While no further training or education is needed to work in an ambulatory care setting, nurses can specialize to become an ambulatory care nurse (ACN). Nurses who work in ambulatory care often have more predictable schedules than nurses who work in hospitals. In addition, there are fewer emergencies and complications in outpatient care, making ambulatory care nursing perfect for nurses who don’t want the added stress of working in an emergency room or a large hospital.
How is ambulatory care shaping healthcare?
Hospitals are diverting many services to outpatient facilities. In 2008, outpatient visits rose from 624 million to 675 million. So there’s no doubt that ambulatory care is growing and expanding into the traditional hospital space, but why and how does it affect patient care?
Justin Yeung, MD and CEO of ShareSmart, says, “Ambulatory care is growing in popularity because it is a money-saving measure for hospitals. Inpatient hospital stays are extremely costly and demand a lot of resources.”
To further that reasoning, Roberts says the current financial structure is “not sustainable” and compares current hospitalization costs and conditions to “a very expensive hotel room.” Ambulatory care offers hospitals a cost-effective alternative: They can provide the same services to patients at a fraction of the cost and in a fraction of the time.
With the implementation of the Affordable Care Act, hospitals have been pressed to cut costs and make healthcare more accessible and affordable to all. Ambulatory care provides a solution to both of these. As hospitals begin to turn to outpatient care, patients can expect to see a future of quick, same-day health services.
How does it affect you?
The increase in ambulatory care services and providers is a good thing for you as a patient and a future healthcare professional.
“Having worked in in-home care for many years, I can say that I would always prefer to work on an outpatient basis,” says Eddie Chu of Qualicare. “It addresses both physical and emotional needs and, therefore, provides a more attentive and well-rounded health service looking at the full picture.”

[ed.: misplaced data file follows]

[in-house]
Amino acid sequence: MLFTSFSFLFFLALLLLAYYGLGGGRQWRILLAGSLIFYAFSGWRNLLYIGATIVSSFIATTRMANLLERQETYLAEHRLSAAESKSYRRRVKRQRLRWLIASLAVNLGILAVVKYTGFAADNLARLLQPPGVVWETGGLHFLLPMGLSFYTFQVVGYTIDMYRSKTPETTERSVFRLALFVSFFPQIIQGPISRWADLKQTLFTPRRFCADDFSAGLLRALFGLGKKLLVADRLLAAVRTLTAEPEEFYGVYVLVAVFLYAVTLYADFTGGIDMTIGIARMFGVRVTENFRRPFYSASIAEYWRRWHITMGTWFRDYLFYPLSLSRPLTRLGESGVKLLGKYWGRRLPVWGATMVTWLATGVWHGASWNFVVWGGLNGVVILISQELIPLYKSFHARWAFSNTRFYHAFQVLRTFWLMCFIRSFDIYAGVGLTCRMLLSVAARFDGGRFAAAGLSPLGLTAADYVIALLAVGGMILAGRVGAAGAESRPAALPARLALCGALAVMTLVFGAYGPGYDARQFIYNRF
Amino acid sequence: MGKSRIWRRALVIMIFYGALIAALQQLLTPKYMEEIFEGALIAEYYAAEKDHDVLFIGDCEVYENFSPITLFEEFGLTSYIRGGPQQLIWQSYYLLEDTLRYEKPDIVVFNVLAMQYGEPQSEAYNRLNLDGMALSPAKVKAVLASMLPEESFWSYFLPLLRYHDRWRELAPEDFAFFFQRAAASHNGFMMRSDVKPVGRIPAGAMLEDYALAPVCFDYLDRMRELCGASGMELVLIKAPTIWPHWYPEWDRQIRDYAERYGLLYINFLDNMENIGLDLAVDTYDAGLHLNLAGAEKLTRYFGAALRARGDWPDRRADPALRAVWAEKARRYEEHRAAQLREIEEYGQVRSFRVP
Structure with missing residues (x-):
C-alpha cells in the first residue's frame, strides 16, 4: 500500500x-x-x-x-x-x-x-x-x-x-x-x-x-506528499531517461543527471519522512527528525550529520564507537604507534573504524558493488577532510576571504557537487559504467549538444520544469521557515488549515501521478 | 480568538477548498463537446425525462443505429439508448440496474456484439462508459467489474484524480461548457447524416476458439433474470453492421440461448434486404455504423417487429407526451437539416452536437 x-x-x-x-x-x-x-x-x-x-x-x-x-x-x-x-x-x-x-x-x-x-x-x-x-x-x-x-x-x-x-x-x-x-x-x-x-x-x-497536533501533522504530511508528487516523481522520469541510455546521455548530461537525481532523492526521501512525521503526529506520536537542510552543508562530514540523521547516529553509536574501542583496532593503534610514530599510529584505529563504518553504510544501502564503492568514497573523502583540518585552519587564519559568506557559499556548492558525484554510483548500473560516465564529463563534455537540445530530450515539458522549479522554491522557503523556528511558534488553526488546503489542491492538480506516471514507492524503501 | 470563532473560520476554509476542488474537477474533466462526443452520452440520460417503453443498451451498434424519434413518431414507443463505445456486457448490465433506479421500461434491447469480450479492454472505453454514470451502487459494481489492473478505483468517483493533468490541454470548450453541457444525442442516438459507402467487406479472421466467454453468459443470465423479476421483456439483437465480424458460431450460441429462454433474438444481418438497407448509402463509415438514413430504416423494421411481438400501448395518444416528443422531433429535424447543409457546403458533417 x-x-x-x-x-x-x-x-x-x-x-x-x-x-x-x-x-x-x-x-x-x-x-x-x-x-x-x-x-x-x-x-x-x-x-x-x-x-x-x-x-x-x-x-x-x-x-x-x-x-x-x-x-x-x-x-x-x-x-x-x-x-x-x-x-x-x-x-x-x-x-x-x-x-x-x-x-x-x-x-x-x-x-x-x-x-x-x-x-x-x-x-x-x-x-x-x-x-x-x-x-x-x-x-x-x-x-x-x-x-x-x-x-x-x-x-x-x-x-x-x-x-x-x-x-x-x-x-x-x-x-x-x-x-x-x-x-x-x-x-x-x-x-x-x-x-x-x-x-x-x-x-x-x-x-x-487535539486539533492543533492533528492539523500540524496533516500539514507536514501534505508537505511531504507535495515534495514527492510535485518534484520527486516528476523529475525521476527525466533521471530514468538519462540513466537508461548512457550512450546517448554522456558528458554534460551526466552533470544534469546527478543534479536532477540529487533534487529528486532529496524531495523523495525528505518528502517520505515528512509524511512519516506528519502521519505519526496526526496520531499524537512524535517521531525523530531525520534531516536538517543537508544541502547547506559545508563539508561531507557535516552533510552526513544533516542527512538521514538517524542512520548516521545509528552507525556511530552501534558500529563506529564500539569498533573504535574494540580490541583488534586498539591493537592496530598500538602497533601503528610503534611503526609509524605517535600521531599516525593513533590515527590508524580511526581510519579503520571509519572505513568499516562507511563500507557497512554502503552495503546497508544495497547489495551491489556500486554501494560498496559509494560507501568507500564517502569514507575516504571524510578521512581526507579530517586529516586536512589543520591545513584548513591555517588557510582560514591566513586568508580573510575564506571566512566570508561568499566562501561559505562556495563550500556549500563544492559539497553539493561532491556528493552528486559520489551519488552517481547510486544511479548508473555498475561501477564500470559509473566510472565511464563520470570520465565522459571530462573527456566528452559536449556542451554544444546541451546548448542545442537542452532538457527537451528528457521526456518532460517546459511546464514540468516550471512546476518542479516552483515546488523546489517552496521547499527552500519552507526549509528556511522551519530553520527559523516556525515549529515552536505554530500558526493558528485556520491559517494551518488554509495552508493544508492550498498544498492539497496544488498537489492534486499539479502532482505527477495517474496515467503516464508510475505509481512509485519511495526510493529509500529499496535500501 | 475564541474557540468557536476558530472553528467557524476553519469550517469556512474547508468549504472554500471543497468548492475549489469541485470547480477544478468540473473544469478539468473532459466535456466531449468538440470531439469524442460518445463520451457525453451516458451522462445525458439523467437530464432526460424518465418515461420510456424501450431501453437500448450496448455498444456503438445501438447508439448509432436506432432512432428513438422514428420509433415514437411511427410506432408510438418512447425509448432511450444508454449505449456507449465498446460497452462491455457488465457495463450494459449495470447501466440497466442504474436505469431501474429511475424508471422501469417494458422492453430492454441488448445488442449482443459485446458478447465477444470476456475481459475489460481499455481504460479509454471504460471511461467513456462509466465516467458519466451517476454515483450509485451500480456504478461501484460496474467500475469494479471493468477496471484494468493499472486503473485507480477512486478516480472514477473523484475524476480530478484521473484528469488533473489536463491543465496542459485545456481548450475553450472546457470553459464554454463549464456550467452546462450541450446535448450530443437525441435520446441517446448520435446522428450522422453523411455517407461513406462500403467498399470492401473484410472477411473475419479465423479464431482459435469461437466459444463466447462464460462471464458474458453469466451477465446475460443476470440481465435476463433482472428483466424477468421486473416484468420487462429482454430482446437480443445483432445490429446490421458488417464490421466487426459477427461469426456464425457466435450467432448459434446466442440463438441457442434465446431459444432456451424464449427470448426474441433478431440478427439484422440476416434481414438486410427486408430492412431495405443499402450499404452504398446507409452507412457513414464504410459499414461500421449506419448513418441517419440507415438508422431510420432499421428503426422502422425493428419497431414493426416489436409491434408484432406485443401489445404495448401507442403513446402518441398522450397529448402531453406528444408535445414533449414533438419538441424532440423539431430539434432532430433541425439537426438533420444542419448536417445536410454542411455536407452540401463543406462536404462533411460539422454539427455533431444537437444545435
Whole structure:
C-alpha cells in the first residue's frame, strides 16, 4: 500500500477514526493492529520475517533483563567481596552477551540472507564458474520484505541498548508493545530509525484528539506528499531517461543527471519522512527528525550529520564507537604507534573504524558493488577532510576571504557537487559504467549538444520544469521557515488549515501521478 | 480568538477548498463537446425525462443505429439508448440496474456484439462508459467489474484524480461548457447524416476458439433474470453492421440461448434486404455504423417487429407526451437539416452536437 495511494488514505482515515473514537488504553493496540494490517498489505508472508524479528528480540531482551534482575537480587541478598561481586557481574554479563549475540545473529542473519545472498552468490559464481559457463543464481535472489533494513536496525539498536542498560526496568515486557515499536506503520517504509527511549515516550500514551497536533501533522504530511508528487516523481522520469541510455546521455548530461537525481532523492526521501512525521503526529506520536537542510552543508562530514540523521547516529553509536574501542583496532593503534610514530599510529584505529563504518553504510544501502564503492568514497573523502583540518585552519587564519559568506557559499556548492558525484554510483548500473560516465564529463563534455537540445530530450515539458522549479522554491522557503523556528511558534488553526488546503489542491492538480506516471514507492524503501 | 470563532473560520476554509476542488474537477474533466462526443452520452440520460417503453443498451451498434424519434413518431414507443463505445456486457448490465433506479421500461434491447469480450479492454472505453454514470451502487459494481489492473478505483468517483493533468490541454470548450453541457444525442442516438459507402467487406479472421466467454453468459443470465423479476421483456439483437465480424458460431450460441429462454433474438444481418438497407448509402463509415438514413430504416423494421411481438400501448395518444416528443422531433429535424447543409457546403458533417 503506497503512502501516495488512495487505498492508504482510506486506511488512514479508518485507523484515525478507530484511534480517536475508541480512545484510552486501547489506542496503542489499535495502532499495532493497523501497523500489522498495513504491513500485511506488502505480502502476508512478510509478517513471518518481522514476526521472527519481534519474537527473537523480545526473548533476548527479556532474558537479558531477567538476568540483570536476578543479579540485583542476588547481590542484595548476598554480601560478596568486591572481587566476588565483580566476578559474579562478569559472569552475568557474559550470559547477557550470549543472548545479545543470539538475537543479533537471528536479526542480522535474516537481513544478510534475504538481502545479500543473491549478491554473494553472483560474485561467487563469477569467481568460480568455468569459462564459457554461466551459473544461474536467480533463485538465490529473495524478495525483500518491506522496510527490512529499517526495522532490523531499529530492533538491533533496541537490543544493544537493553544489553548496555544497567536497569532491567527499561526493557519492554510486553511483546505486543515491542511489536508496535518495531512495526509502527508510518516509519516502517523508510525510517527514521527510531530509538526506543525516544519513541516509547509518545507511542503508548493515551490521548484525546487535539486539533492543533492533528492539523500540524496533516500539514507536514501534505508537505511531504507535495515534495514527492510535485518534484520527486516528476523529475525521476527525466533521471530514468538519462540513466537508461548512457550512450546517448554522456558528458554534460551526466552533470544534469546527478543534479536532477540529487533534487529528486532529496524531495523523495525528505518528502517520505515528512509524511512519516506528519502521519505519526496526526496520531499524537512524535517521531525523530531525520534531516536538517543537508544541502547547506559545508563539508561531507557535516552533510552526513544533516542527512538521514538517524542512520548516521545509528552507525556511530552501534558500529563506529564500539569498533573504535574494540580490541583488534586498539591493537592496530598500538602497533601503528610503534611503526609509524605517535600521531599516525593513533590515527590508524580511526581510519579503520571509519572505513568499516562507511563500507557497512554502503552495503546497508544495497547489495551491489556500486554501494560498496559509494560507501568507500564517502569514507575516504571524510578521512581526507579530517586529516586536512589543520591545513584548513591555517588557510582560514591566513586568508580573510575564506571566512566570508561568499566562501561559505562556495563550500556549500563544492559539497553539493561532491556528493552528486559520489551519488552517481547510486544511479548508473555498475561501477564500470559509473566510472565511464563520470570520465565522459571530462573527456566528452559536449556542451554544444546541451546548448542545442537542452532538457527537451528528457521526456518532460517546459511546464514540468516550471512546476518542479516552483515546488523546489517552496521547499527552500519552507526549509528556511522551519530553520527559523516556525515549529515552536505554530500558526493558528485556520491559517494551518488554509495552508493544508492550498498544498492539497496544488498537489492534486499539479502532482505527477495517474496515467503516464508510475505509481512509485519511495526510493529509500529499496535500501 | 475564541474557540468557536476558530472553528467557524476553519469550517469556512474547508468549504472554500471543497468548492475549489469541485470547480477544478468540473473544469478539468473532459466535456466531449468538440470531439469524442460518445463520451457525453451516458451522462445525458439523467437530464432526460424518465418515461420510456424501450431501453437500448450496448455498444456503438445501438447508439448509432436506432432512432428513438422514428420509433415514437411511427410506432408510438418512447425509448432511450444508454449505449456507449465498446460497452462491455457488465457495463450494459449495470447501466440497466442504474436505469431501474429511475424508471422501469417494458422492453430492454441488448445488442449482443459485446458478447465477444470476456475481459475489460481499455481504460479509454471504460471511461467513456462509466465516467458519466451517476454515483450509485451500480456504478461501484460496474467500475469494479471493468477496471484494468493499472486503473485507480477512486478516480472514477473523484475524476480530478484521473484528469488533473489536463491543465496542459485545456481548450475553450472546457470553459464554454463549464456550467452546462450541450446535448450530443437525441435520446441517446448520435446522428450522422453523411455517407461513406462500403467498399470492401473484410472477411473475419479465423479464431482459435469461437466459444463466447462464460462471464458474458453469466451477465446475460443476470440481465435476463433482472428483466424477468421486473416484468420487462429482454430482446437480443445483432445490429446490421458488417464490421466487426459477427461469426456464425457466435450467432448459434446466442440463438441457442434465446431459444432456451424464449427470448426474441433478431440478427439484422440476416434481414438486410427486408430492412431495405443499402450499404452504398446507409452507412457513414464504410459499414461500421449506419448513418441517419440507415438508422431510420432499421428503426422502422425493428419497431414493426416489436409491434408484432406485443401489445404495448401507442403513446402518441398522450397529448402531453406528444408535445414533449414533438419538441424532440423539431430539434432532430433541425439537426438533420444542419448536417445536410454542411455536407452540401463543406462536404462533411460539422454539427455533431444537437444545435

Besides more personalized care, patients who receive outpatient services are able to go home and resume their normal lives and activities more quickly. No overnight hospital stays means more time saved for patients and healthcare professionals alike.
In addition, the costs saved from having overnight stays reveals itself in lower medical bills. Doctors and nurses are also able to hold more routine schedules—no crazy overnights, and some who work in clinics may even have holidays and weekends off.
Be the future
As hospitals transition to more outpatient facilities, traditional healthcare positions will be shifting. According to the Bureau of Labor Statistics, employment in outpatient care centers is projected to grow 49 percent from 2014 to 2024. Where do you see yourself fitting into this new healthcare dynamic?
Now that you know more about what ambulatory care is and how it is shaping the future of healthcare, compare and contrast two of the most in-demand healthcare settings with our article, Acute Care vs. Ambulatory Care: Which Nursing Environment is Right for You? With so many nursing specialties and settings available, it’s worthwhile to look into all of your options, so you can excel in this exciting and changing field.